A spokesman said: “we re grateful for you drawing this to our attention and we will immediately update the website to stop the wording from appearing.” However, he denied that the system for opting out of Experian’s premium service was unfair, insisting that it was transparent to all users adding: “There is a balance to be struck here. We don’t want to be so helpful that we encourage people to leave our service. After all, you don’t go into a supermarket and see signs for how to get a refund.”
Experian has seen its profits soar as consumers use its online service to check their credit-worthiness during the economic downturn.
It has also seen rising numbers of users checking their profiles after having their debit or credit card cloned.
Credit reports are one of the main sources used by financial institutions when deciding whether to offer loans.
Experian, with twice as much credit report business as its nearest rival in the UK. recently reported that it’s profits increased from £297m in 2007 to £436m in 2010.(Daily Mail)
Better Together” gains unfettered access to Experian’s database
The credit-checking group “Experian” was contracted by “Better Together” to devise a new data management tool.
The company created a software package from it’s extensive database titled “Patriot” which stored all consumer data obtained from lenders and companies who voters had contracts with.
This allowed “Better Together” to identify lifestyle indicators, categorise voters and link them with activists of a similar age or with similar social media friends in order to improve voter targeting and canvassing.
The initiative is yet another damming example of the hard-hearted, ill advised “Better Together,” appointment of the US media company “Blue State Digital,” the agency that managed the successful first election campaign for US President Obama.
And he said the US would not get involved in the referendum campaign. Liar.
The drive, manipulating information on social media and UTube was launched with the purpose of recruiting volunteers who were then provided with the personal details of members of the electorate given the task of cold-calling canvassing their support.
The information gleaned was also stored in the campaign database and provided to the three parties involved with “Better Together.”
The initiative was a follow on from the controversial April 2013 “Better Together.” campaign which included the widespread unauthorised distribution of unsolicited text messages releasing people’s personal details and information.
A campaign which was successful recruiting over 3,500, “cold-call” volunteers.
Afternote: The Scottish electorate should be concerned:
“Anyone with a credit card, bank account, loan, mortgage, store card or monthly/quarterly mobile phone will most likely have an Experian profile.
The company conducts millions of credit checks each year on many hundreds of thousands of UK citizens.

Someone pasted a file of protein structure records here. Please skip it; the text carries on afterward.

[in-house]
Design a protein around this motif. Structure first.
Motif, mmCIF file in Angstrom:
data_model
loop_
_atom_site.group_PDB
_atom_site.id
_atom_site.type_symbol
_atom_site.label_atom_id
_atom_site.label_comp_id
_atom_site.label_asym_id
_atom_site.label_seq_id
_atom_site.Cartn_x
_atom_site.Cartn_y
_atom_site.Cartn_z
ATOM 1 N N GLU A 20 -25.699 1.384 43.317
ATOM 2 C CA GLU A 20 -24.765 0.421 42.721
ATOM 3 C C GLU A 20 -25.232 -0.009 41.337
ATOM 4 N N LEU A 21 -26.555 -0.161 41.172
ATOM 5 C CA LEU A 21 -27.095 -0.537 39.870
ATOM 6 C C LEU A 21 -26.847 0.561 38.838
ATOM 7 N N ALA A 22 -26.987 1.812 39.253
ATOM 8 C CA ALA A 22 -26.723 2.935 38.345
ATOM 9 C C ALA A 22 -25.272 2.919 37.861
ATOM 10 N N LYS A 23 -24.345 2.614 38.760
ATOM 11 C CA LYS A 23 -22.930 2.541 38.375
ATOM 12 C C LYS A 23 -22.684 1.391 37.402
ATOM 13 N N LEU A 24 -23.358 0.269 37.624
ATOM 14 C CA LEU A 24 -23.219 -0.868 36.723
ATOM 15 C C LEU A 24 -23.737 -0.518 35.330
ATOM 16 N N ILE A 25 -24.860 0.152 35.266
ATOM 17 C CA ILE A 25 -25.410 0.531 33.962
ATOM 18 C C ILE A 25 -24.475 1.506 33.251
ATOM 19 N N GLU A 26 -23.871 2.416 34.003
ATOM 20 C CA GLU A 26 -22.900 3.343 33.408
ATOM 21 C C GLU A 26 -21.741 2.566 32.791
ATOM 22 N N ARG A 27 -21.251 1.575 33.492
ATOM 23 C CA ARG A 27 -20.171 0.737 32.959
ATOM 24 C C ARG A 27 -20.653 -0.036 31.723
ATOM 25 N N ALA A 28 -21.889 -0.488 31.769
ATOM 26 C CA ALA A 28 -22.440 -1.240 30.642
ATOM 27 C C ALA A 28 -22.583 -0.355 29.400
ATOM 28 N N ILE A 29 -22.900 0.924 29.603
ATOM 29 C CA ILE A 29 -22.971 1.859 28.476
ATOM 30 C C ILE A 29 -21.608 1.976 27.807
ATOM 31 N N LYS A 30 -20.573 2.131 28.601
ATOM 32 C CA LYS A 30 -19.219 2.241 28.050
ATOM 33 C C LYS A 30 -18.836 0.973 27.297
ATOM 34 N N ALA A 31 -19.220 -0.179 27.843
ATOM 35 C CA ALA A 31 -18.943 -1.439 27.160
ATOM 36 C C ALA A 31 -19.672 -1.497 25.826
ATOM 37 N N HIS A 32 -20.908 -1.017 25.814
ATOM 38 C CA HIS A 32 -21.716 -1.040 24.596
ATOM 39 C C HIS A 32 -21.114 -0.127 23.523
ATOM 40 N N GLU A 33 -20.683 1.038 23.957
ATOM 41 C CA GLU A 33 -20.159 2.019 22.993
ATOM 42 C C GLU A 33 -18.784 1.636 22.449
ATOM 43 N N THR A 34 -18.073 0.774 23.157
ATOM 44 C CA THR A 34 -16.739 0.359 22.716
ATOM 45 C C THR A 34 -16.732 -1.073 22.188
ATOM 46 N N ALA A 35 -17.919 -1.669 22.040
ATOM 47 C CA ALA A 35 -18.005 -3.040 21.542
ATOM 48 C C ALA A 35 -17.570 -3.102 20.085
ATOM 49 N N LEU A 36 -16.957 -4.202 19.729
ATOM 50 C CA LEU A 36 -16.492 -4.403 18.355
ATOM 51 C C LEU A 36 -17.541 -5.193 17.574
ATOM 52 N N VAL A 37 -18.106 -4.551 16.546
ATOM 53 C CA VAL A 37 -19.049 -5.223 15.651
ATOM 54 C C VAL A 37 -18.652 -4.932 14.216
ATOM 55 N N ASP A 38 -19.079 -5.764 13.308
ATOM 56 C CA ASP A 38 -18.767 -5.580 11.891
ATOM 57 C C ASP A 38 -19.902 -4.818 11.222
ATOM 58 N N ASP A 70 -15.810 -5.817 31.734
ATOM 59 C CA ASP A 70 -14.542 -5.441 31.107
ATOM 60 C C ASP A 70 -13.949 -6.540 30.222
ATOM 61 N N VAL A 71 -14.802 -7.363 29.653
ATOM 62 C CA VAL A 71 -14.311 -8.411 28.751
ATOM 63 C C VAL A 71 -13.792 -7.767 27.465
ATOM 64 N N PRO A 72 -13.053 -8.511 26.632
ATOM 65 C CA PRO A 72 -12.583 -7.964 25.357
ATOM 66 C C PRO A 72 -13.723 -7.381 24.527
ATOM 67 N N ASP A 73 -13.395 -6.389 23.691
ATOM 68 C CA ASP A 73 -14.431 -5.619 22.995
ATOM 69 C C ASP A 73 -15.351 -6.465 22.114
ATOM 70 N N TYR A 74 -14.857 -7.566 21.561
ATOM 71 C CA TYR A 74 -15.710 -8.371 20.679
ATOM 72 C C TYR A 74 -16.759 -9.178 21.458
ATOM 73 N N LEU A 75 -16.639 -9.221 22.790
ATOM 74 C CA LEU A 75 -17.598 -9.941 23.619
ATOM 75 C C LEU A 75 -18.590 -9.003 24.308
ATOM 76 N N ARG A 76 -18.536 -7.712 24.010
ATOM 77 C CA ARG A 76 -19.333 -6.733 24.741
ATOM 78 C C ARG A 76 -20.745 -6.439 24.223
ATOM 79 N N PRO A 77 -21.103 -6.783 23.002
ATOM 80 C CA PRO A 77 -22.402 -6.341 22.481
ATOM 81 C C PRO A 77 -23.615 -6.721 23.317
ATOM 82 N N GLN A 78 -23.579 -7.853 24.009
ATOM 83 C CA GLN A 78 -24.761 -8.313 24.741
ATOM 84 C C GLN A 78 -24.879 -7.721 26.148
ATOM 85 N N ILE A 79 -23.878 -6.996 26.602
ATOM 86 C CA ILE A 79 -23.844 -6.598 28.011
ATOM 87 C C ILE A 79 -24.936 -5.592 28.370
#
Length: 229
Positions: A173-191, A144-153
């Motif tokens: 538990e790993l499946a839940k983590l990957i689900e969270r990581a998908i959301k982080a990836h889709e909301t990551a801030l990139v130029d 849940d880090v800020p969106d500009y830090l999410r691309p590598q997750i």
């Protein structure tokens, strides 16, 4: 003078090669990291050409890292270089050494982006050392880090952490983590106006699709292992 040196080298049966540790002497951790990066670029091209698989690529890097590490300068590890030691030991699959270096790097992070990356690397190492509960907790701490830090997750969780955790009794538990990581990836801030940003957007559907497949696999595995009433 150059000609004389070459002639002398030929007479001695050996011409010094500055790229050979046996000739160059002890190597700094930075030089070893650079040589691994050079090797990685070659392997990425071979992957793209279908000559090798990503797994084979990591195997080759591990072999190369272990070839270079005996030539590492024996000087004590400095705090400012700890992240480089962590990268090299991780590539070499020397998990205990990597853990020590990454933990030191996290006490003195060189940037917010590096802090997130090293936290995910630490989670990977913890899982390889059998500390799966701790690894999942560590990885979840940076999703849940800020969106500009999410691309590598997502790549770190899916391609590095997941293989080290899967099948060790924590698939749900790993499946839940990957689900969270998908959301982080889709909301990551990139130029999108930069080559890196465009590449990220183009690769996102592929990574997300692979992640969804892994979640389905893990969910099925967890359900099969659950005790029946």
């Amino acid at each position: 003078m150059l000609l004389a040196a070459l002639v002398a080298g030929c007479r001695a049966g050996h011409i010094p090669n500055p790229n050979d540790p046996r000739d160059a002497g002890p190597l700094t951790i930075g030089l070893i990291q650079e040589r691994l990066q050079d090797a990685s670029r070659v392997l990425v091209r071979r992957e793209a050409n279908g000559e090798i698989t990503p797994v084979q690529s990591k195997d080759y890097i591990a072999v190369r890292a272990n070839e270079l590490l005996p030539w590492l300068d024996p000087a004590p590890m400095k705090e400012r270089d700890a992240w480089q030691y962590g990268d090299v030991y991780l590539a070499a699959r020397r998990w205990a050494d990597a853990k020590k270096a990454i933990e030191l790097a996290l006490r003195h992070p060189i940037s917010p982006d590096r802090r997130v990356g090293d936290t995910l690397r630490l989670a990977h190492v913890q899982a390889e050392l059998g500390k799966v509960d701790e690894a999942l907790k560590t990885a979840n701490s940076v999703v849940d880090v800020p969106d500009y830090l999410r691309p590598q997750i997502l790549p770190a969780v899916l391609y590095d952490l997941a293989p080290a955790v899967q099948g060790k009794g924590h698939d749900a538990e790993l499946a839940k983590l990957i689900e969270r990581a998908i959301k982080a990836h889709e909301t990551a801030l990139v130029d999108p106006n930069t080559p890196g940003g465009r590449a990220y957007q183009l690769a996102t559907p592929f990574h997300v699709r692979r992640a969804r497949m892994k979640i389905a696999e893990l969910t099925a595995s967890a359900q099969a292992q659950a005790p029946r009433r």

The level of data they collect and hold is frankly staggering. Making matters worse, the information “Experian” retain is very often gathered without the knowledge of the subscriber.
Companies run credit checks on potential customers whenever a new application for credit is made, yet it is rarely explained what “doing a credit check” actually entails.
In fact, the consumer has little to no choice over which company actually undertakes the credit check. They are chosen by the bank, estate agent, mobile phone network or any other commercial organization.
Not engaging with a credit reference agency is almost impossible. It would entail not having a bank account, not having any direct debits, not having a credit card, not renting or owning a property. We have to, whether we like it or not, engage with these companies.
The consumer needs to be able to trust companies such as “Experian” that handle massive levels of personal data, more acute when we have little to no say over what data they hold.”
19 July 2014: Scottish independence: “Better Together” targets voter ‘Tribes’
The group campaigning for a “no” vote in Scotland’s independence referendum has said it is conducting the most sophisticated targeting of voters seen in British political history.
Pro-union “Better Together” has launched its new “Patriot” system which divides Scotland’s four million voters into 40 different tribes. This allows the campaign team to contact undecided voters, using letters, emails and face-to-face discussions.
The technology, said “Better Together,” had been developed, cost £500k, using information provided by the “Experian” credit rating agency.
Input from “Blue State Digital,” former media advisers to President Obama, now working for “Better Together” allowed the identification of lifestyle indicators, such as the number of cars a family had and local house prices.
Voters are then “linked” to activists of a similar age or with similar social media friends.
In a statement, “Better Together” campaign director Blair McDougall said: “We are on the doorsteps and high streets and also on peoples smartphones, tablets and PCs. This new tool greatly helps our campaign bring thousands of volunteers together with voters who will decide the outcome of the referendum.”
Estimates are that “Better Together” had 10,000 volunteers, many with useful IT experience, resident in universities, colleges in England, signed up before the start of the campaign.
Social media had an important role as an enabling factor assisting “Better Together” to effectively mobilize volunteers, disseminating information using the “Patriot” software. (BBC)